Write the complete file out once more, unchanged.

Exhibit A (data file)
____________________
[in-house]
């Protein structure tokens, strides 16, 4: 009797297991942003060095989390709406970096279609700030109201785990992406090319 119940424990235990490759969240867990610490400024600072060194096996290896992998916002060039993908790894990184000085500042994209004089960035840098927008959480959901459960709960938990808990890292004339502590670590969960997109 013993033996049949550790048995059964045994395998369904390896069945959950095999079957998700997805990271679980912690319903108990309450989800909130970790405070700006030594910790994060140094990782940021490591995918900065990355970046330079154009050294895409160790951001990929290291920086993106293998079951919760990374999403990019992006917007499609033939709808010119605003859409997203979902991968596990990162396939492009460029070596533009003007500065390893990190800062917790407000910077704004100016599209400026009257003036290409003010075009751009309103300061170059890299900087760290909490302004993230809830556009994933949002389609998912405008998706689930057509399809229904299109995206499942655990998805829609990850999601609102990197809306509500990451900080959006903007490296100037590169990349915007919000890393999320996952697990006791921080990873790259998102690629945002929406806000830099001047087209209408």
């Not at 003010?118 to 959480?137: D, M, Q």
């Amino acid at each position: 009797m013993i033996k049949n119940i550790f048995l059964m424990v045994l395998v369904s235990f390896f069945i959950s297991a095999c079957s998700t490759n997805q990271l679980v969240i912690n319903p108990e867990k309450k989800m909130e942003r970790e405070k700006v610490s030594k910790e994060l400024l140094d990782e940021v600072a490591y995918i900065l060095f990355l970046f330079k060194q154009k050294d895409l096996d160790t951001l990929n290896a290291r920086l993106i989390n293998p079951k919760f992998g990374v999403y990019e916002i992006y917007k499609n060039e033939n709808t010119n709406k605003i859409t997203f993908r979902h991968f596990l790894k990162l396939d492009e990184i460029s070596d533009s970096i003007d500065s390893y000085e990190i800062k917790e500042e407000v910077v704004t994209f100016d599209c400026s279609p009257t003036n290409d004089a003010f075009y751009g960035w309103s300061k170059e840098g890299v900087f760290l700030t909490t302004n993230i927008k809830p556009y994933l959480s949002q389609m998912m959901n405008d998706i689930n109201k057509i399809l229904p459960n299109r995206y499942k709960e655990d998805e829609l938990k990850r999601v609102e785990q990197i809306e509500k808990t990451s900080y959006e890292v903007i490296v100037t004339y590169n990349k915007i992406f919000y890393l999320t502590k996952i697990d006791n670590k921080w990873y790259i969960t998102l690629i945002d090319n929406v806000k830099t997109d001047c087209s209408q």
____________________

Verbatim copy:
[in-house]
């Protein structure tokens, strides 16, 4: 009797297991942003060095989390709406970096279609700030109201785990992406090319 119940424990235990490759969240867990610490400024600072060194096996290896992998916002060039993908790894990184000085500042994209004089960035840098927008959480959901459960709960938990808990890292004339502590670590969960997109 013993033996049949550790048995059964045994395998369904390896069945959950095999079957998700997805990271679980912690319903108990309450989800909130970790405070700006030594910790994060140094990782940021490591995918900065990355970046330079154009050294895409160790951001990929290291920086993106293998079951919760990374999403990019992006917007499609033939709808010119605003859409997203979902991968596990990162396939492009460029070596533009003007500065390893990190800062917790407000910077704004100016599209400026009257003036290409003010075009751009309103300061170059890299900087760290909490302004993230809830556009994933949002389609998912405008998706689930057509399809229904299109995206499942655990998805829609990850999601609102990197809306509500990451900080959006903007490296100037590169990349915007919000890393999320996952697990006791921080990873790259998102690629945002929406806000830099001047087209209408």
């Not at 003010?118 to 959480?137: D, M, Q």
């Amino acid at each position: 009797m013993i033996k049949n119940i550790f048995l059964m424990v045994l395998v369904s235990f390896f069945i959950s297991a095999c079957s998700t490759n997805q990271l679980v969240i912690n319903p108990e867990k309450k989800m909130e942003r970790e405070k700006v610490s030594k910790e994060l400024l140094d990782e940021v600072a490591y995918i900065l060095f990355l970046f330079k060194q154009k050294d895409l096996d160790t951001l990929n290896a290291r920086l993106i989390n293998p079951k919760f992998g990374v999403y990019e916002i992006y917007k499609n060039e033939n709808t010119n709406k605003i859409t997203f993908r979902h991968f596990l790894k990162l396939d492009e990184i460029s070596d533009s970096i003007d500065s390893y000085e990190i800062k917790e500042e407000v910077v704004t994209f100016d599209c400026s279609p009257t003036n290409d004089a003010f075009y751009g960035w309103s300061k170059e840098g890299v900087f760290l700030t909490t302004n993230i927008k809830p556009y994933l959480s949002q389609m998912m959901n405008d998706i689930n109201k057509i399809l229904p459960n299109r995206y499942k709960e655990d998805e829609l938990k990850r999601v609102e785990q990197i809306e509500k808990t990451s900080y959006e890292v903007i490296v100037t004339y590169n990349k915007i992406f919000y890393l999320t502590k996952i697990d006791n670590k921080w990873y790259i969960t998102l690629i945002d090319n929406v806000k830099t997109d001047c087209s209408q």